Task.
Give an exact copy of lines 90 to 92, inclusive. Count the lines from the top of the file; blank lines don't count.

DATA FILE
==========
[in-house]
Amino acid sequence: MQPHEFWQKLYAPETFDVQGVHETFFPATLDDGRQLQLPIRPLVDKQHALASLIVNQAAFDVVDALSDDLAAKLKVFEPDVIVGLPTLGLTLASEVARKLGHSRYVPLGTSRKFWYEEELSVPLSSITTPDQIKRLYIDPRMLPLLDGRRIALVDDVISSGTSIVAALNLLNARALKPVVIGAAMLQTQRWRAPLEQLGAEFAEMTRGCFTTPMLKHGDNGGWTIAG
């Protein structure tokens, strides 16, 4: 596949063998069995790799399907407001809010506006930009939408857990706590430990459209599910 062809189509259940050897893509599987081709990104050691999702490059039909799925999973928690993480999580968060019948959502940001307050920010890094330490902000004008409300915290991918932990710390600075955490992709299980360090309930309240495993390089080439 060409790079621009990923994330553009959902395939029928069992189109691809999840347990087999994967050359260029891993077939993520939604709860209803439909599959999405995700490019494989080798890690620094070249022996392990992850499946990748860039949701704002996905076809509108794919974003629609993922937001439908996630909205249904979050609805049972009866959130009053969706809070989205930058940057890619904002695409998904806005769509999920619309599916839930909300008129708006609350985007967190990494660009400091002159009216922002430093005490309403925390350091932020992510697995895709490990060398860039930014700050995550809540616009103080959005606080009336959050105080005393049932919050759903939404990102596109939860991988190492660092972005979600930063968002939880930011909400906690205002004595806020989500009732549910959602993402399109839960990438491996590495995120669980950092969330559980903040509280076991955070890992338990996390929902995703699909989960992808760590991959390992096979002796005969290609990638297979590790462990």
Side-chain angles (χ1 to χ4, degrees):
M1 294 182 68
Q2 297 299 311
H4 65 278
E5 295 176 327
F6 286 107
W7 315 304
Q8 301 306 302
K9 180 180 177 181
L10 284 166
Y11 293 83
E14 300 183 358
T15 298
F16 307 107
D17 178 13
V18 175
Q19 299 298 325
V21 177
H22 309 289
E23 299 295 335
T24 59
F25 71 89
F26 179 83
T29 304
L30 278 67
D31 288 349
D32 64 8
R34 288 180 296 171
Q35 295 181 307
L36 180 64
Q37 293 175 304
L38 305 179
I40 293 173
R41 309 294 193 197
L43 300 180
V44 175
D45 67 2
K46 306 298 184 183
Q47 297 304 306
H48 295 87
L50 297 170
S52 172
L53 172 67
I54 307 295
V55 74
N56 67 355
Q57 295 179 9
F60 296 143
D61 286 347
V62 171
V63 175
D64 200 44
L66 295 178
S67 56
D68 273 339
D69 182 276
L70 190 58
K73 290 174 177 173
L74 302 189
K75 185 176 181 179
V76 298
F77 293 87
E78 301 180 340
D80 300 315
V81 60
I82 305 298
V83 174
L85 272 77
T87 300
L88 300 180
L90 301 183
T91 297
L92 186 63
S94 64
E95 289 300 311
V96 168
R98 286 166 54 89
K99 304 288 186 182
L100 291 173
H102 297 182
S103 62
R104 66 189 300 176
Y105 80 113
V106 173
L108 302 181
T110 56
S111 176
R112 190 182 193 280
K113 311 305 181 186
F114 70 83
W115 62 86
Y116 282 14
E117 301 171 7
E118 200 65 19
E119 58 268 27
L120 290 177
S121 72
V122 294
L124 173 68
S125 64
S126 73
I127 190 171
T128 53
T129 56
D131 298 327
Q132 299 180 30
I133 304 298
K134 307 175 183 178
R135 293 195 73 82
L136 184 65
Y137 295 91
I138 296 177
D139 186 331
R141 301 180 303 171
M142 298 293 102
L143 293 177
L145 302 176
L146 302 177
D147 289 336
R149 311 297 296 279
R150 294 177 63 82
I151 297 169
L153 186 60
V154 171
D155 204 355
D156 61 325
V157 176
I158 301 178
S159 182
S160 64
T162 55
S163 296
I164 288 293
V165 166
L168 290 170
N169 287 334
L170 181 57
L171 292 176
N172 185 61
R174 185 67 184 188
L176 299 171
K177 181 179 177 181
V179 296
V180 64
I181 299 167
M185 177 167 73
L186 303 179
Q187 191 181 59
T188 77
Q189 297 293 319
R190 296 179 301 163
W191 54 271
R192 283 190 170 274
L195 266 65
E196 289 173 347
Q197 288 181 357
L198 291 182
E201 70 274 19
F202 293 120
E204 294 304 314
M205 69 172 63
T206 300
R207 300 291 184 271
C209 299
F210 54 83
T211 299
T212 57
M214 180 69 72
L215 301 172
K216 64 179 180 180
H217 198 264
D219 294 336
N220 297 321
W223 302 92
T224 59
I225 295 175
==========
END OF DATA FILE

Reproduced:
S111 176
R112 190 182 193 280
K113 311 305 181 186